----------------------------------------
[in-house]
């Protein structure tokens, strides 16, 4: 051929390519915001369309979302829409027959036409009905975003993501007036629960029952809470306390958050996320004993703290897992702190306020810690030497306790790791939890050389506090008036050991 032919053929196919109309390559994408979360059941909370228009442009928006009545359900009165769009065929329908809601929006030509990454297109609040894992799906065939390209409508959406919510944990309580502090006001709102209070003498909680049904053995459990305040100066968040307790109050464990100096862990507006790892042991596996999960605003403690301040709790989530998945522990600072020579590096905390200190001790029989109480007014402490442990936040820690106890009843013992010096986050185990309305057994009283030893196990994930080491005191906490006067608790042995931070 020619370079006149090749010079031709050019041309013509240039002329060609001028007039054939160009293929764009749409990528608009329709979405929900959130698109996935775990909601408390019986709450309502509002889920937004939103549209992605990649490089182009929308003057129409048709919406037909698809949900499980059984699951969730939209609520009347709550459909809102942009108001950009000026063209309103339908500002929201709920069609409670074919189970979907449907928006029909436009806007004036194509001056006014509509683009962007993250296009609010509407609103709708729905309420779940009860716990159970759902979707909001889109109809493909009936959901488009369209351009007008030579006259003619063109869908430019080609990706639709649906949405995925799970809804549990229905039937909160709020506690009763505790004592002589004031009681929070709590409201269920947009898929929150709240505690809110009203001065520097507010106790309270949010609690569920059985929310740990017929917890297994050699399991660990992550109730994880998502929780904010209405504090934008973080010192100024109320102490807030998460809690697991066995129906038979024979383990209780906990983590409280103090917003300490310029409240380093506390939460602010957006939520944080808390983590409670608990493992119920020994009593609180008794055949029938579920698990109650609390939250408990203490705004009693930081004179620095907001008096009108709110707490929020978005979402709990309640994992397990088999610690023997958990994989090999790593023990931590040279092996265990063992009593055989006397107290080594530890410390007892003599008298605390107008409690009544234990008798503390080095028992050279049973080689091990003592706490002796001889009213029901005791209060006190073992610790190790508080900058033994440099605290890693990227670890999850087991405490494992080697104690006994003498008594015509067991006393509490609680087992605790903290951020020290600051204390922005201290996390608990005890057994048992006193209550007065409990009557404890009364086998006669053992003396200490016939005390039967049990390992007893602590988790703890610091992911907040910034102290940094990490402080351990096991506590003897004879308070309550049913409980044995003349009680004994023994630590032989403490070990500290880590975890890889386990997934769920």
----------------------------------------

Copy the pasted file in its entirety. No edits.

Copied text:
[in-house]
């Protein structure tokens, strides 16, 4: 051929390519915001369309979302829409027959036409009905975003993501007036629960029952809470306390958050996320004993703290897992702190306020810690030497306790790791939890050389506090008036050991 032919053929196919109309390559994408979360059941909370228009442009928006009545359900009165769009065929329908809601929006030509990454297109609040894992799906065939390209409508959406919510944990309580502090006001709102209070003498909680049904053995459990305040100066968040307790109050464990100096862990507006790892042991596996999960605003403690301040709790989530998945522990600072020579590096905390200190001790029989109480007014402490442990936040820690106890009843013992010096986050185990309305057994009283030893196990994930080491005191906490006067608790042995931070 020619370079006149090749010079031709050019041309013509240039002329060609001028007039054939160009293929764009749409990528608009329709979405929900959130698109996935775990909601408390019986709450309502509002889920937004939103549209992605990649490089182009929308003057129409048709919406037909698809949900499980059984699951969730939209609520009347709550459909809102942009108001950009000026063209309103339908500002929201709920069609409670074919189970979907449907928006029909436009806007004036194509001056006014509509683009962007993250296009609010509407609103709708729905309420779940009860716990159970759902979707909001889109109809493909009936959901488009369209351009007008030579006259003619063109869908430019080609990706639709649906949405995925799970809804549990229905039937909160709020506690009763505790004592002589004031009681929070709590409201269920947009898929929150709240505690809110009203001065520097507010106790309270949010609690569920059985929310740990017929917890297994050699399991660990992550109730994880998502929780904010209405504090934008973080010192100024109320102490807030998460809690697991066995129906038979024979383990209780906990983590409280103090917003300490310029409240380093506390939460602010957006939520944080808390983590409670608990493992119920020994009593609180008794055949029938579920698990109650609390939250408990203490705004009693930081004179620095907001008096009108709110707490929020978005979402709990309640994992397990088999610690023997958990994989090999790593023990931590040279092996265990063992009593055989006397107290080594530890410390007892003599008298605390107008409690009544234990008798503390080095028992050279049973080689091990003592706490002796001889009213029901005791209060006190073992610790190790508080900058033994440099605290890693990227670890999850087991405490494992080697104690006994003498008594015509067991006393509490609680087992605790903290951020020290600051204390922005201290996390608990005890057994048992006193209550007065409990009557404890009364086998006669053992003396200490016939005390039967049990390992007893602590988790703890610091992911907040910034102290940094990490402080351990096991506590003897004879308070309550049913409980044995003349009680004994023994630590032989403490070990500290880590975890890889386990997934769920």